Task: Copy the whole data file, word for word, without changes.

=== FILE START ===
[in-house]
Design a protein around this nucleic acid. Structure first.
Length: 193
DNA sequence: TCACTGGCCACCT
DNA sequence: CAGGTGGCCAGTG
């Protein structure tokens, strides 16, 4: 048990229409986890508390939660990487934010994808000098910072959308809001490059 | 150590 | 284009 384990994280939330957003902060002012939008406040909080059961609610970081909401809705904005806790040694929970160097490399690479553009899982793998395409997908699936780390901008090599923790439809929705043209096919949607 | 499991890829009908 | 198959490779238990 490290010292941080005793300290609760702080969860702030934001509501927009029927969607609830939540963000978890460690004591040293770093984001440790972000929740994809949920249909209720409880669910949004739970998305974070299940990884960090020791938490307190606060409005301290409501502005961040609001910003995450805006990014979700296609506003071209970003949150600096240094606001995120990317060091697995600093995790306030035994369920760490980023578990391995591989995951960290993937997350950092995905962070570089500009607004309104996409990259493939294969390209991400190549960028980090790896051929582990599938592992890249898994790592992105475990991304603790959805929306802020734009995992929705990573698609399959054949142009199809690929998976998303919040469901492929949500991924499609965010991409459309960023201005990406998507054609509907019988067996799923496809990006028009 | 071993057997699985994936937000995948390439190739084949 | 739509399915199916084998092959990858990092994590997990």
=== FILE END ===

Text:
[in-house]
Design a protein around this nucleic acid. Structure first.
Length: 193
DNA sequence: TCACTGGCCACCT
DNA sequence: CAGGTGGCCAGTG
């Protein structure tokens, strides 16, 4: 048990229409986890508390939660990487934010994808000098910072959308809001490059 | 150590 | 284009 384990994280939330957003902060002012939008406040909080059961609610970081909401809705904005806790040694929970160097490399690479553009899982793998395409997908699936780390901008090599923790439809929705043209096919949607 | 499991890829009908 | 198959490779238990 490290010292941080005793300290609760702080969860702030934001509501927009029927969607609830939540963000978890460690004591040293770093984001440790972000929740994809949920249909209720409880669910949004739970998305974070299940990884960090020791938490307190606060409005301290409501502005961040609001910003995450805006990014979700296609506003071209970003949150600096240094606001995120990317060091697995600093995790306030035994369920760490980023578990391995591989995951960290993937997350950092995905962070570089500009607004309104996409990259493939294969390209991400190549960028980090790896051929582990599938592992890249898994790592992105475990991304603790959805929306802020734009995992929705990573698609399959054949142009199809690929998976998303919040469901492929949500991924499609965010991409459309960023201005990406998507054609509907019988067996799923496809990006028009 | 071993057997699985994936937000995948390439190739084949 | 739509399915199916084998092959990858990092994590997990």